But one more point on a similar subject. I loved the sense of childhood Truffaut created in the film. There’s one shot filled with humor and honesty and brilliance as a gym teacher takes Antoine’s classroom on a jog through Paris. Little by little patches of children run off, and thanks to one continuous overhead shot we follow the aloof teacher as his line of children gets smaller and smaller. Such an energizing image is indicative of the playfulness and inventiveness of The 400 Blows.
This is a very important film. Its greatness aside, historically cinema after 1959 might have been entirely different if Truffaut and his New Wave colleagues had not tried new things with the medium. A movie like this, of its reach, would not have been possible in a more structured filmmaking environment like France in the 50s, or Hollywood throughout the Golden and Silver Ages. The 400 Blows derives its power from it spontaneous and crude cinematic qualities, the honesty of its writer’s story and Truffaut’s love of being alive, indulging in his passion for freedom and the movies. The dichotomy is that without the past The 400 Blows could not have been made. We see that in Doinel’s love of Balzac and his stealing of a still of Harriet Andersson in Summer with Monika. How great must it have been to be young and in love with cinema in the 1960s. The passions involved in making movies, arguments even revolutions being made in defense of one’s heroes and the conviction that movie goers wanted something more than cheap entertainment is something that we likely will never have again. We do have though the physical films still, and these are enough to inspire us still, but I’m afraid something has been lost.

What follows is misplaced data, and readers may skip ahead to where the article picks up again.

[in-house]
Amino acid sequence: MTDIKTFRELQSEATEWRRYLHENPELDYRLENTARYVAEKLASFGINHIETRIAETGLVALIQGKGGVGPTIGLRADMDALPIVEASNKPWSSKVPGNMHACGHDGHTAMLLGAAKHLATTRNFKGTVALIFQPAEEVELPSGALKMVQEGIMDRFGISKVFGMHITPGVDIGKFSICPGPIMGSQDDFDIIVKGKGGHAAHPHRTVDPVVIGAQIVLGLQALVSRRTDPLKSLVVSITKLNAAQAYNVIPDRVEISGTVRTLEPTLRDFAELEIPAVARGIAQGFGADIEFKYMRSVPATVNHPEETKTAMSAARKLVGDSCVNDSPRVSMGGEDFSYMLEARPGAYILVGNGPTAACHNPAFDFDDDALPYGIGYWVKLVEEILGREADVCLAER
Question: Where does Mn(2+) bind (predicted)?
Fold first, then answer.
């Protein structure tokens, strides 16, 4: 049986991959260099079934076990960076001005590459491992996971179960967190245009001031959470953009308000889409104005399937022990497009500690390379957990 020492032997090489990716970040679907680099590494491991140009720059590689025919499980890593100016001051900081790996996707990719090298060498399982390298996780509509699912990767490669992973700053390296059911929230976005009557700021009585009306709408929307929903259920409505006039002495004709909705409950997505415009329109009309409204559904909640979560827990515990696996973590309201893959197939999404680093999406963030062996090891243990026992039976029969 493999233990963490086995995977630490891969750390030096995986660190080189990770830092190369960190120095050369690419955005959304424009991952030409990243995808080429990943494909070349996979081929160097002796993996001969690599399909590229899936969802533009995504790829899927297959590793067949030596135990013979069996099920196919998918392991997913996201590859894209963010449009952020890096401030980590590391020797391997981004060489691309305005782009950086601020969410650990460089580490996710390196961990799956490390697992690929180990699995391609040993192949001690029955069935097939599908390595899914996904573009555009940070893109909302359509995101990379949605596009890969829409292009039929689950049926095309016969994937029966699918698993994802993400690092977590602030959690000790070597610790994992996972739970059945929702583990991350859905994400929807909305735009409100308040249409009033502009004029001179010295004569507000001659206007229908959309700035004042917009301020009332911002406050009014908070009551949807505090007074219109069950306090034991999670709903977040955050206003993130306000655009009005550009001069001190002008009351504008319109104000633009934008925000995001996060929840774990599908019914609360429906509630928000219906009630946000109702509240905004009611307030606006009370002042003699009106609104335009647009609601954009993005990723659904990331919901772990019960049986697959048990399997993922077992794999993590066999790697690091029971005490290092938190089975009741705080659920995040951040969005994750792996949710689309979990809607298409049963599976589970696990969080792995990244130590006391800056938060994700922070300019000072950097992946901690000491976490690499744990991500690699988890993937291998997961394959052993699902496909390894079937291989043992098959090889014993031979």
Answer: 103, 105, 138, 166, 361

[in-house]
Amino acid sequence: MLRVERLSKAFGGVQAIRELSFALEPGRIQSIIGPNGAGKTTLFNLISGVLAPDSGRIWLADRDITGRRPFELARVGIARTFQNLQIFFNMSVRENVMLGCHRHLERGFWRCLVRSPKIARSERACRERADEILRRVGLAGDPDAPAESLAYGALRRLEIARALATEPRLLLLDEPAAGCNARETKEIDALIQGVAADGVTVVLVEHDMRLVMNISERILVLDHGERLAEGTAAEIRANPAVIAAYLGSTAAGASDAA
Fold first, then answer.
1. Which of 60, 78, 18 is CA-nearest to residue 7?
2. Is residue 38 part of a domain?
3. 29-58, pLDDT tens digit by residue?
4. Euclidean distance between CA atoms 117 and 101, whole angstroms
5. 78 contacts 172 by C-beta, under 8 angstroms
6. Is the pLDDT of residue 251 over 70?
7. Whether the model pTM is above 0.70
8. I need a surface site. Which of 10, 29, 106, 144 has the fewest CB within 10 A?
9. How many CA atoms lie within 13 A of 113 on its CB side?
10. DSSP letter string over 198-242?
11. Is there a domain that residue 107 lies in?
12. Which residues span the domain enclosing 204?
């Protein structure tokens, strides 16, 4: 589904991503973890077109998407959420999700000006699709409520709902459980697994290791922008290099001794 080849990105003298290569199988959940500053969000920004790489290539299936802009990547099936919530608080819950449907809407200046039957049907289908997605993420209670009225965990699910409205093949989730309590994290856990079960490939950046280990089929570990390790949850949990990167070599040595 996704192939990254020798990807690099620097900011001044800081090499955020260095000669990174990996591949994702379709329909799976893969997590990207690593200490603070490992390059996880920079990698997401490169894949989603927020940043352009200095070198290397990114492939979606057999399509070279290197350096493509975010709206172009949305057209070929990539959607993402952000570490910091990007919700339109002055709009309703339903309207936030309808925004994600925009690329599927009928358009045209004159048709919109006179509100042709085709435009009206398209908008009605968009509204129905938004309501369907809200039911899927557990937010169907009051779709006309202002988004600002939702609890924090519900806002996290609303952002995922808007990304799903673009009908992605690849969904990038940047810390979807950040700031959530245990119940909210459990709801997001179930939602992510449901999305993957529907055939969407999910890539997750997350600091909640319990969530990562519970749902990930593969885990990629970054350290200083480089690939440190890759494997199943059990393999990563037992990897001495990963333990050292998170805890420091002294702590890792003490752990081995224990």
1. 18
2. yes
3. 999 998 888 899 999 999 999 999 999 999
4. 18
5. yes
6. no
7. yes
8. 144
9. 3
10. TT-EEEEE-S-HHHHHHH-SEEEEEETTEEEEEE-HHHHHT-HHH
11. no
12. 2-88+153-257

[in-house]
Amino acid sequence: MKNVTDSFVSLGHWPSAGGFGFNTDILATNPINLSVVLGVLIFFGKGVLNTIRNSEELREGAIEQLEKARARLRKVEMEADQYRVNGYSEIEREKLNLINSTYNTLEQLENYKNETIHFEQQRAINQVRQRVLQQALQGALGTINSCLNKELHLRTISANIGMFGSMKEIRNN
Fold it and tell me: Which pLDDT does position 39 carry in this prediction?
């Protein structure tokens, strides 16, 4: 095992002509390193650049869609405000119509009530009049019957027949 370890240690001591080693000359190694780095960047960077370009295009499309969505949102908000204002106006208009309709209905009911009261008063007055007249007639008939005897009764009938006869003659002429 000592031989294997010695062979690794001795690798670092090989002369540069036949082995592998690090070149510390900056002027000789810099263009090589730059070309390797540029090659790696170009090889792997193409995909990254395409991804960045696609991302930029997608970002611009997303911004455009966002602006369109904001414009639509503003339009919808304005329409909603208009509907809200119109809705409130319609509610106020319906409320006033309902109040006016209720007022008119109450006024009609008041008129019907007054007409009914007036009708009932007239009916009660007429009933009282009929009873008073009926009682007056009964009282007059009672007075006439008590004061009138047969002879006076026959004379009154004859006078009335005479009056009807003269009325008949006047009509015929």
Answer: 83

I hope I’ve done the film right by my words. I have related as best I can my immediate reaction to this marvelous picture, but I know I have not given a clear statement about what the movie is about. This is in part intentional. The 400 Blows and indeed many of the more adventurous New Wave films were radically different from traditional filmmaking, their storytelling raw and style crudely cool. The story is told through a series of events, one building upon another in a chapter-like way. There are no big story twists; a melodramatic event like Antoine seeing his mother kissing another man is treated as just a troubling fact of life that is best kept secret, partly to keep peace and also for leverage if the need would arise. These are the insights Truffaut has, and it is what makes all of his films and especially The 400 Blows so painfully beautiful.
Above all though, the film allows us to recall our own childhoods, and what can be more beautiful or painful than that?
400 Blows, The (1959)
(a.k.a. Quatre cent coups, Les)
Director: Francois Truffaut
Writers: Francois Truffaut and Marcel Moussy
Stars: Jean-Pierre Leaud, Claire Maurier, Albert Remy and Patrick Auffay
Runtime: 99 minutes